Natural Gas Liquids

By-products of natural gas that are extracted as liquid

What are Natural Gas Liquids?

Natural gas liquids, also known as natural gasoline, are by-products of natural gas that are extracted as liquid. Chemically, natural gas liquids are hydrocarbons that are exclusively made of hydrogen and carbon. Natural gas liquids are also in the same molecular family as crude oil and natural gases.

 

Natural Gas Liquids

 

Natural gas liquids are separated from natural gases through condensation or absorption; the processes typically occur in natural gas field facilities or at refineries.

In general, natural gas liquids are a commodity, like gold or silver, that can be traded, and their prices are highly correlated to crude oil prices.

 

How are Natural Gas Liquids Used?

Natural gas liquids are very versatile, as they come in many forms – butane, ethane, isobutane, pentane, and propane. In households, natural gas liquids can be used for cooking and heating and are blended in gasoline for cars.

Natural gas liquids can be used to form other compounds that create other products; for example, ethane can be used to produce ethylene, which, in turn, is used to create plastic. They can also be used as an input to produce oil sands.

 

How are Natural Gas Liquids Extracted?

It is economically beneficial to extract natural gas liquids from natural gases. They also command a higher value as a separated product. The two most common ways to extract natural gas liquids are absorption and cryogenic expansion.

 

1. Absorption method

In the absorption method, oil is used to absorb the natural gas liquids; this works as the absorbing oil has an affinity with natural gas liquids. The absorption method is generally used to pick up heavier natural gas liquids like butane and pentane.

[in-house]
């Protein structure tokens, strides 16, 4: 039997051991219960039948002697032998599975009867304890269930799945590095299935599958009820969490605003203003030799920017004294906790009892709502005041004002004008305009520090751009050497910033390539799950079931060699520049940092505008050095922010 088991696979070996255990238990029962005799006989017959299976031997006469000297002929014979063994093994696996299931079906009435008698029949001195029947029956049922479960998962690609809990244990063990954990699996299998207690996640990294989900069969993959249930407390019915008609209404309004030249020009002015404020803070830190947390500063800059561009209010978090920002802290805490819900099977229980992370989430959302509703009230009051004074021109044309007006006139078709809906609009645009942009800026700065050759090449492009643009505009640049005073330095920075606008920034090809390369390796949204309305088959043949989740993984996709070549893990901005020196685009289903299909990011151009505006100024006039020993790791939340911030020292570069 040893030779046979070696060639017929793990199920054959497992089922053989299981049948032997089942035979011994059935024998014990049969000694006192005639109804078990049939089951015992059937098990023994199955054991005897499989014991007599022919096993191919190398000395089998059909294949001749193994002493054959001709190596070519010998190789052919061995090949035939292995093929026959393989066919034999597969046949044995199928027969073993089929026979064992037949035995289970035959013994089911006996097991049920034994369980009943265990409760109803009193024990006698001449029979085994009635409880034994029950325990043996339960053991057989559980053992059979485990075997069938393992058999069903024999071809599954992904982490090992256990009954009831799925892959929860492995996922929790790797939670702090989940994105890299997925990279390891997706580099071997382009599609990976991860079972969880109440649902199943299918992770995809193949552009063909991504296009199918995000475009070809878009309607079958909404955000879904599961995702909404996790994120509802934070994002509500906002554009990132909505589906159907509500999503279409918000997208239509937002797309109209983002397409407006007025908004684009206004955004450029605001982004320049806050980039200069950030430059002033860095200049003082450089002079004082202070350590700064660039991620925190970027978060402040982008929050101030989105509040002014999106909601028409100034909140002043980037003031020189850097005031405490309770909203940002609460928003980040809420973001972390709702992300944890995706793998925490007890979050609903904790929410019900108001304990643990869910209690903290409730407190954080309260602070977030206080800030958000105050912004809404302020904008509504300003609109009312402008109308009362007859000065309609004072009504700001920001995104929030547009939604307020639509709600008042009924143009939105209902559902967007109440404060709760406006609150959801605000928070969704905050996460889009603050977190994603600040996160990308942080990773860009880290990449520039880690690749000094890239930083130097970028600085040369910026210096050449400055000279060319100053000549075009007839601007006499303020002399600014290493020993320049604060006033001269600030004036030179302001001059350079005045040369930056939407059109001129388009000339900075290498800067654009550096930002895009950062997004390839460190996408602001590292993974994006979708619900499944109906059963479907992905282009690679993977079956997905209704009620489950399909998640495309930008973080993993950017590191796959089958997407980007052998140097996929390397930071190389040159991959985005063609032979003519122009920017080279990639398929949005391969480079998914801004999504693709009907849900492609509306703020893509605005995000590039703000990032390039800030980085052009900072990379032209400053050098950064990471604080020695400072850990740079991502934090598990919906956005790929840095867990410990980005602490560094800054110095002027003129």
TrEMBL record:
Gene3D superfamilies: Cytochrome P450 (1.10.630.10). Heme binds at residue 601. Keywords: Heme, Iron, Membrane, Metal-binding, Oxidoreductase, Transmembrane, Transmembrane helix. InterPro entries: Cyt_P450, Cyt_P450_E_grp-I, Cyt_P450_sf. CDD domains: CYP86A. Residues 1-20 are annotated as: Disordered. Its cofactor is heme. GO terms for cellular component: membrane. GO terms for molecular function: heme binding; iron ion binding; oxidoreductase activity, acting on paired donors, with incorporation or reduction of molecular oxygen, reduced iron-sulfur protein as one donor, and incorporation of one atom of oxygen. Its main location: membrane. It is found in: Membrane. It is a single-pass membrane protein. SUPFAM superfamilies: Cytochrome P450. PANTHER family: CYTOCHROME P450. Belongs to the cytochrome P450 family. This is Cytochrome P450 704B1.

Natural gases passed through an absorption tower where it comes in contact with absorbing oil that soaks up most of the natural gas liquids.

The natural gas liquid-rich oil is then passed into oil where the natural gas liquid-rich oil is heated past the boiling point of the natural gas liquids but not the oil, thus separating the oil from the natural gas liquids.

 

2. Cryogenic expansion method

The cryogenic expansion method is used to extract light natural gas liquids like ethane. In cryogenic expansion, the temperature of the natural gas is dropped through a turbo expander process, which is the most common way. It is achieved by using external cooling agents to cool the natural gas.

An expansion turbine is used with the cooling agents to rapidly drop the temperature of the gas; the rapid decrease in temperature causes natural gas liquids to condensate. It can also convert a portion of the energy released when the natural gases are expanded due to the drop in temperature, which can save energy costs.

It is argued that the cryogenic expansion method is a cleaner way to extract natural gas liquids from natural gases.

 

Types of Natural Gas Liquids

The six main types of natural gas liquids are:

  1. Butane (C4H10) is used as a petrochemical feedstock and to mix with propane or gasoline; some of the end products of butane are rubber for tires and light fuels.
  2. Ethane (C2H6) is used as ethylene for plastic production and petrochemical feedstock; some of the end products of ethane are plastic bags and detergent.
  3. Isobutane (C4H10) is generally used as refinery feedstock and petrochemical feedstock; the end products are alkylate for gasoline and refrigerants.
  4. Pentane (C5H12) is used as natural gasoline and as a blowing agent for polystyrene foam; end products are gasoline and polystyrene solvents.
  5. Pentane plus (C5H12) is a heavier form of pentane and is blended with vehicle fuel and exported for bitumen production in oil sands; end products of pentane plus are gasoline, ethanol blends, and oil sands productions.
  6. Propane (C3H8) is used for residential and commercial heating, cooking fuel, and petrochemical feedstock; the end products of propane are for heating, stoves, and barbeque.

 

Related Readings

CFI is the official provider of the global Certified Banking & Credit Analyst (CBCA)™ certification program, designed to help anyone become a world-class financial analyst. To keep advancing your career, the additional resources below will be useful:

  • Natural Gas ETF
  • Natural Gas Storage Indicator (EIA Report)
  • Oil & Gas Primer
  • Crude Oil Overview

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Become a certified Financial Modeling and Valuation Analyst (FMVA)® by completing CFI’s online financial modeling classes and training program!